My cluttered work space made even more cluttered with fresh prints!
My day job makes it rather difficult to keep up with the lino printing, or anything else, really. Sometimes, though, you've got to put your foot down - and so I've designated today Lino Printing Day (I've been meaning to get to these for a month now...and is it wrong of me to be singing "Lino Printing Day" to the tune of "Weasel Stomping Day" from Robot Chicken? I want you to know I wholeheartedly disapprove of weasel stomping).
Then perhaps next weekend I can work on something new, Hoorah! Sometimes the fact that I know I need to make more lino prints prevents me from starting something else...a bit of human psychosis I can acknowledge but can't seem to work around. Brains are strange things.
Today I will print from four already established blocks. I begin by setting up all of my supplies...my inking "plate" (a sheet of acetate), a tube of printmaking ink, a brayer (roller), pre-cut mulberry paper, my "baren", a damp towel and screen to help keep the ink from drying out, and of course the blocks I intend to print.
The ink is rolled out on the acetate so that it is in an extremely thin layer. The consistency of the ink matters greatly, if it isn't right I will end up with ink caked into the lines or the print will be too spotty. A little spottiness is normal, however, and gives the prints a nice "vintage" feel (like a well worn design on a T-shirt).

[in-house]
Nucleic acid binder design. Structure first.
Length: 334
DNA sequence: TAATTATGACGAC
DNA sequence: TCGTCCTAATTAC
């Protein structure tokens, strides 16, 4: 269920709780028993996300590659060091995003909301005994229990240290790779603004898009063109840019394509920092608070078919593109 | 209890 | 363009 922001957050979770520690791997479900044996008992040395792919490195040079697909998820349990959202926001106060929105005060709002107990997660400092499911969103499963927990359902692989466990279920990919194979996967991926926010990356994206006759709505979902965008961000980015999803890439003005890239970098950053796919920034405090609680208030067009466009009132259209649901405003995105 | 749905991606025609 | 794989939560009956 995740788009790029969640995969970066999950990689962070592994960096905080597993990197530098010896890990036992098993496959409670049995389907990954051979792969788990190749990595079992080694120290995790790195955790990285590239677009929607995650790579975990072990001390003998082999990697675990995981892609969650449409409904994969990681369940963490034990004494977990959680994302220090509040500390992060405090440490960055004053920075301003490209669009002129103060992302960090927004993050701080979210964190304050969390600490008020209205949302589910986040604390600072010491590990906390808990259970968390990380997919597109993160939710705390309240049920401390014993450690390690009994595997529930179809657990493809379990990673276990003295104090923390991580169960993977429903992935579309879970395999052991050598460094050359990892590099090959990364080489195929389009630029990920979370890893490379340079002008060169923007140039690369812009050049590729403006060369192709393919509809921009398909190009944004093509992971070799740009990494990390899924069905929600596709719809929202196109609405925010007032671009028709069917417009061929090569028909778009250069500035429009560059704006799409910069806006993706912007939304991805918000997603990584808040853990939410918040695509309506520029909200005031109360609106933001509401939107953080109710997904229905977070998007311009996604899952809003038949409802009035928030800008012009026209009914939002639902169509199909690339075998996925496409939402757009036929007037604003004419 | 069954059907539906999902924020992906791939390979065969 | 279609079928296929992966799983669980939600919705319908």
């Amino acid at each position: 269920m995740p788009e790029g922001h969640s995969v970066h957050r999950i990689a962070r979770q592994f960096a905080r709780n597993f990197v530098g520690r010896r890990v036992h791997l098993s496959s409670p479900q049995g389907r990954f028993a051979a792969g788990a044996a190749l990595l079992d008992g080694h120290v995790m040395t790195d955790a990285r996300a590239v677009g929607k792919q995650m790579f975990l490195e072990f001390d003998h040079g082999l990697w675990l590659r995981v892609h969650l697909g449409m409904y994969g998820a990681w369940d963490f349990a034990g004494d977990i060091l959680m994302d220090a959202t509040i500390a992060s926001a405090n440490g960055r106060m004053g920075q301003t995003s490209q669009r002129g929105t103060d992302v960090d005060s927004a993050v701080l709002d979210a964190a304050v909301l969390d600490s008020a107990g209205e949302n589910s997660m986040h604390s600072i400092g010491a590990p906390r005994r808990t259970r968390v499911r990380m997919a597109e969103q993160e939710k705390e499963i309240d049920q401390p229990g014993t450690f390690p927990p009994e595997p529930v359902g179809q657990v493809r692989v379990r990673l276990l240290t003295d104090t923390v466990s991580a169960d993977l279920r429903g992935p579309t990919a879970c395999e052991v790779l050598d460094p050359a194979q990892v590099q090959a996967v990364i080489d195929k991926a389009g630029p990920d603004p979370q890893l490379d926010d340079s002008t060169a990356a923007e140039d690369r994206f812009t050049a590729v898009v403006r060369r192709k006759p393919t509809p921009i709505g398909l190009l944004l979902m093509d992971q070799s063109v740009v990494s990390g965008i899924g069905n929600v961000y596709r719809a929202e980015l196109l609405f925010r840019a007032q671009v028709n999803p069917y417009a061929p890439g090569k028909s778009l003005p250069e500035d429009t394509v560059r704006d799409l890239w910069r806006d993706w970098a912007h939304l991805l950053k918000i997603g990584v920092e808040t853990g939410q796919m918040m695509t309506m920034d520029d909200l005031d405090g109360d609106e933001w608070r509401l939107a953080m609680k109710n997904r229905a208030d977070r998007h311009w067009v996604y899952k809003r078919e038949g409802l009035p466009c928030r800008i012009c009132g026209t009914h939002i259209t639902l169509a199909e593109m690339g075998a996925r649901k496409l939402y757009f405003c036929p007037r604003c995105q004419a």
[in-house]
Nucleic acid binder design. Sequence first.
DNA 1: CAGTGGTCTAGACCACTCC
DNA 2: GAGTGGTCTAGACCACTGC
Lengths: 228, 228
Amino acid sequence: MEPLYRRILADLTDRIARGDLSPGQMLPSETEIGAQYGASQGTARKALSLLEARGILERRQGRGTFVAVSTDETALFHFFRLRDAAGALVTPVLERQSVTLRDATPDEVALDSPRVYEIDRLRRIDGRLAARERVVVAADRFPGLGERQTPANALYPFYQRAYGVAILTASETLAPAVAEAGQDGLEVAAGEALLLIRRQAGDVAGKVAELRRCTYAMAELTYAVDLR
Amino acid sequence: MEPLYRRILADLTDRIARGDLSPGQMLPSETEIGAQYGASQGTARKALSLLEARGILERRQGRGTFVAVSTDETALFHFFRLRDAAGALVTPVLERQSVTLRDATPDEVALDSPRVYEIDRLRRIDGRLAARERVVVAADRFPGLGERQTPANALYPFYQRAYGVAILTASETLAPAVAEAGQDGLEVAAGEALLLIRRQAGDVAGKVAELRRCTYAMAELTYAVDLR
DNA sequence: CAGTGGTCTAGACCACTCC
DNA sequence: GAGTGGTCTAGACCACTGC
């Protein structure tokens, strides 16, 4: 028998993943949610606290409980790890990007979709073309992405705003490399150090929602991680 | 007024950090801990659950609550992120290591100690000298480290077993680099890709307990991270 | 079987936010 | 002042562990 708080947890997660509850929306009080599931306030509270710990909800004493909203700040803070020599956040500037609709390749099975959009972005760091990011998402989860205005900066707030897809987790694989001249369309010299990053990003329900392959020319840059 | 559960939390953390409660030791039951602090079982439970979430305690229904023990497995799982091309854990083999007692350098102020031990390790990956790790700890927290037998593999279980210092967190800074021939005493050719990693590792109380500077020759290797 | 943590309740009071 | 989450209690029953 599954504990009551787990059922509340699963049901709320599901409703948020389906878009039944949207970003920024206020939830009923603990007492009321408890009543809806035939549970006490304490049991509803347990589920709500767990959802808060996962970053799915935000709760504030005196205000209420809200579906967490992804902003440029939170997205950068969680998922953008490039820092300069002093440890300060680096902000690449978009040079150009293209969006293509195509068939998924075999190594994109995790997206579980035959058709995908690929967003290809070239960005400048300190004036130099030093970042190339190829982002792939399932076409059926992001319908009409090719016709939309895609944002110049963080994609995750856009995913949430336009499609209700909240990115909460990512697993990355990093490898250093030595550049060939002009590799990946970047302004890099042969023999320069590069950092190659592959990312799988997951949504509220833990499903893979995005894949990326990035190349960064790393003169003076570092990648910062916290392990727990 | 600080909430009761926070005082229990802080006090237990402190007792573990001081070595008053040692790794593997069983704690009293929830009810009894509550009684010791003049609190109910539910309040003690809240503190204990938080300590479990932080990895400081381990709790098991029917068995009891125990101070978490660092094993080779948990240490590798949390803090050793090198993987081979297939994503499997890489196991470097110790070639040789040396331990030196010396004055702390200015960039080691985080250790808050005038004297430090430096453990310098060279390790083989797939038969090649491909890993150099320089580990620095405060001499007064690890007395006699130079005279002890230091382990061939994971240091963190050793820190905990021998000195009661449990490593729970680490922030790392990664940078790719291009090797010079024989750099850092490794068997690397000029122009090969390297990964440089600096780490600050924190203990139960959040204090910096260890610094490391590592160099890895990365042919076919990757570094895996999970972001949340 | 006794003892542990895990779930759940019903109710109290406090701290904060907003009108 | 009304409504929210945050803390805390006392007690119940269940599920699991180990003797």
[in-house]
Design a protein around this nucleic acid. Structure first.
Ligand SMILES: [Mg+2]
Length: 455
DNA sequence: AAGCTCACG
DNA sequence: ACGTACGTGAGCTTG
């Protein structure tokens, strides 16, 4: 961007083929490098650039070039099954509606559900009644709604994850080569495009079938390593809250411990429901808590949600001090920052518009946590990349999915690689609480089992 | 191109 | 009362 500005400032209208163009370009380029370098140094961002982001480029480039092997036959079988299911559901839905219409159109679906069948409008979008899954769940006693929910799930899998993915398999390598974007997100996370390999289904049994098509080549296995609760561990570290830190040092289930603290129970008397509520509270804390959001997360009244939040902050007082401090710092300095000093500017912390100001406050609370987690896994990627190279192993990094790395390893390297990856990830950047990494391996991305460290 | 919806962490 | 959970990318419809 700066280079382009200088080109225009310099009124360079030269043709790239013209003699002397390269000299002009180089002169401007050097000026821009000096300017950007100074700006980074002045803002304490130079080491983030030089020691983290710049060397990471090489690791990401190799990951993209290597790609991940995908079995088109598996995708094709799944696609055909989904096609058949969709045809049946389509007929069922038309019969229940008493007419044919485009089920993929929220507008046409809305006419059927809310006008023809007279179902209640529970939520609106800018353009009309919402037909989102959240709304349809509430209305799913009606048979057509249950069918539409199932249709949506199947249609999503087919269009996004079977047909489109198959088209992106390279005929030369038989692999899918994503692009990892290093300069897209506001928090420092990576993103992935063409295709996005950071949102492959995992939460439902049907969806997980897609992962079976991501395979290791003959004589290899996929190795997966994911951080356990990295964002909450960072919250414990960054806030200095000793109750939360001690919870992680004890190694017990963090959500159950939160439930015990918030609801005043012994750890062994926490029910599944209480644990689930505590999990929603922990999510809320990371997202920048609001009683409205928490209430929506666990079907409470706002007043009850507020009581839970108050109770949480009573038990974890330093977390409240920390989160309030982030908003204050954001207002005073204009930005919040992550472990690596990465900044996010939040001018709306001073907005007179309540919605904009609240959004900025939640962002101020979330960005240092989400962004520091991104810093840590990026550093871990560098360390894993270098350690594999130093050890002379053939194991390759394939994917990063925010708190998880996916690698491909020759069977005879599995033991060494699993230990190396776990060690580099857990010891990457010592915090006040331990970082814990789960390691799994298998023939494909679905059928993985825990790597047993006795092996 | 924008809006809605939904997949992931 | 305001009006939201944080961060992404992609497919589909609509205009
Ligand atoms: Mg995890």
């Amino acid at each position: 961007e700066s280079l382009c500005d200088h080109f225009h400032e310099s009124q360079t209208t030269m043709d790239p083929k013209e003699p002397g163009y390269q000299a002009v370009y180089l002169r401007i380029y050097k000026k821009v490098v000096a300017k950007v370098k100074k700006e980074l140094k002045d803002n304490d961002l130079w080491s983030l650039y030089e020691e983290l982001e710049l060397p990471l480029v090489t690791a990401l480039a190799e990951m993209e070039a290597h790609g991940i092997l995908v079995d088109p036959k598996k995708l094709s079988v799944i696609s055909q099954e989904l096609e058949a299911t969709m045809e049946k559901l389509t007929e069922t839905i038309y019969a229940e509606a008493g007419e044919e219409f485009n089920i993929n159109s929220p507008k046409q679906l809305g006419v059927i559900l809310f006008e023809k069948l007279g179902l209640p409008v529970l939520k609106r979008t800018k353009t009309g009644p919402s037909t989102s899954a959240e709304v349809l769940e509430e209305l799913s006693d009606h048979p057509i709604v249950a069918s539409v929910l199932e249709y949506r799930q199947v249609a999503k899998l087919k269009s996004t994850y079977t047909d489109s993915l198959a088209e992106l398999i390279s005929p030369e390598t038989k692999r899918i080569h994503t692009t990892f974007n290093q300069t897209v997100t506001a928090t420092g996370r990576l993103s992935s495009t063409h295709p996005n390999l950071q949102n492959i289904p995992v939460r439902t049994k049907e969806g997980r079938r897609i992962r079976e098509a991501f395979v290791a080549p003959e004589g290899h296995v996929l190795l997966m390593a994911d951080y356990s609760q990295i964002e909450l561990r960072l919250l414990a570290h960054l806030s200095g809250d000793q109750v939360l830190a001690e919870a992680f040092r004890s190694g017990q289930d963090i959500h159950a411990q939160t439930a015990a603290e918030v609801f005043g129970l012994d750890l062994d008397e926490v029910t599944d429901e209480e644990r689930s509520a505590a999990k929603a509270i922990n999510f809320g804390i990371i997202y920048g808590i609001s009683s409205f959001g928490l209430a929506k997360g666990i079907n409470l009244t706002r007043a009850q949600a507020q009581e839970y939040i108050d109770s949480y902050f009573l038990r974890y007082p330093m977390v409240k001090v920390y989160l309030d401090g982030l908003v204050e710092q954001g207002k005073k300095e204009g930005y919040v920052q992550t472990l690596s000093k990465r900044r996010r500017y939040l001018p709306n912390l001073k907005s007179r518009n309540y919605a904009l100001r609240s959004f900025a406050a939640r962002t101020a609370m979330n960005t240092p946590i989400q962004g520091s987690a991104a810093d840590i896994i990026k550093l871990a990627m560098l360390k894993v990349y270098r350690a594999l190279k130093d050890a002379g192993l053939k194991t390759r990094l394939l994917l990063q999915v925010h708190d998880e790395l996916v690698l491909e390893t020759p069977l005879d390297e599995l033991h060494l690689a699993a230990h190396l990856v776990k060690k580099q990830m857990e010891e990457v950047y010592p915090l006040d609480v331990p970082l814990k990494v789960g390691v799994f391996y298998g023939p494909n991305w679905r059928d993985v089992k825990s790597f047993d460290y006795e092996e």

The ink is rolled out in thin layers onto the lino block using a brayer.
The block is then placed firmly on the paper, so the ink sticks a little. Then it gets flipped.
Using a "baren" (my baren is a rounded plastic magnet - by far the best thing I have ever used for this purpose), I rub the paper into the block to transfer the ink from block to paper. I have used a real baren and a press before, but find this method gets the best results for me, perhaps because I consistently work on such a small scale.
...slowly peel the paper off the block...
...and here's the Peat Weasel taking a nap next to the butterfly magnet that serves as baren. The only thing left to do now is to stamp it in red ink with my signature seal.
And this is the real Peat Weasel. Photo courtesy of J. Peat Weasel has the right idea, it's time to be lazy now.